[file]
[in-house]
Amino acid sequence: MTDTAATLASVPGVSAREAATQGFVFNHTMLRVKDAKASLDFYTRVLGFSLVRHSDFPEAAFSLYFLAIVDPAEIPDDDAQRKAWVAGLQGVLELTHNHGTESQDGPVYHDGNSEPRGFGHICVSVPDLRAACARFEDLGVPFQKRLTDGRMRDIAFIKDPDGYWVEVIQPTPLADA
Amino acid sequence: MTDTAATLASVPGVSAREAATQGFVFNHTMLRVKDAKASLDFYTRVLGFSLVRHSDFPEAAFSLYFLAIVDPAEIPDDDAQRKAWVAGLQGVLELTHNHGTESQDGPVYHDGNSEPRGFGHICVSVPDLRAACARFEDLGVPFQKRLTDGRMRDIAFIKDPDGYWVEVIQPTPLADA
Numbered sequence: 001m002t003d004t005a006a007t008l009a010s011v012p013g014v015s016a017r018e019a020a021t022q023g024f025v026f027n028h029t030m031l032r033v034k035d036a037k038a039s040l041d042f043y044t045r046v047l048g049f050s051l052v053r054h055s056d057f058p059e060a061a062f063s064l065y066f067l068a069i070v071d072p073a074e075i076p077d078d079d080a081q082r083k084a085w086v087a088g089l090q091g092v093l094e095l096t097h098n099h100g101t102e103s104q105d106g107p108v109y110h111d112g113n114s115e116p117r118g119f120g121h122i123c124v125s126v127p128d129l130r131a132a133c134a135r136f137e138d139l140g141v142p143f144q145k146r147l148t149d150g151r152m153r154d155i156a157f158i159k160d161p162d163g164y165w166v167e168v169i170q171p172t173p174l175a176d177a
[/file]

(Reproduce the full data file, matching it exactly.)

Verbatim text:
[in-house]
Amino acid sequence: MTDTAATLASVPGVSAREAATQGFVFNHTMLRVKDAKASLDFYTRVLGFSLVRHSDFPEAAFSLYFLAIVDPAEIPDDDAQRKAWVAGLQGVLELTHNHGTESQDGPVYHDGNSEPRGFGHICVSVPDLRAACARFEDLGVPFQKRLTDGRMRDIAFIKDPDGYWVEVIQPTPLADA
Amino acid sequence: MTDTAATLASVPGVSAREAATQGFVFNHTMLRVKDAKASLDFYTRVLGFSLVRHSDFPEAAFSLYFLAIVDPAEIPDDDAQRKAWVAGLQGVLELTHNHGTESQDGPVYHDGNSEPRGFGHICVSVPDLRAACARFEDLGVPFQKRLTDGRMRDIAFIKDPDGYWVEVIQPTPLADA
Numbered sequence: 001m002t003d004t005a006a007t008l009a010s011v012p013g014v015s016a017r018e019a020a021t022q023g024f025v026f027n028h029t030m031l032r033v034k035d036a037k038a039s040l041d042f043y044t045r046v047l048g049f050s051l052v053r054h055s056d057f058p059e060a061a062f063s064l065y066f067l068a069i070v071d072p073a074e075i076p077d078d079d080a081q082r083k084a085w086v087a088g089l090q091g092v093l094e095l096t097h098n099h100g101t102e103s104q105d106g107p108v109y110h111d112g113n114s115e116p117r118g119f120g121h122i123c124v125s126v127p128d129l130r131a132a133c134a135r136f137e138d139l140g141v142p143f144q145k146r147l148t149d150g151r152m153r154d155i156a157f158i159k160d161p162d163g164y165w166v167e168v169i170q171p172t173p174l175a176d177a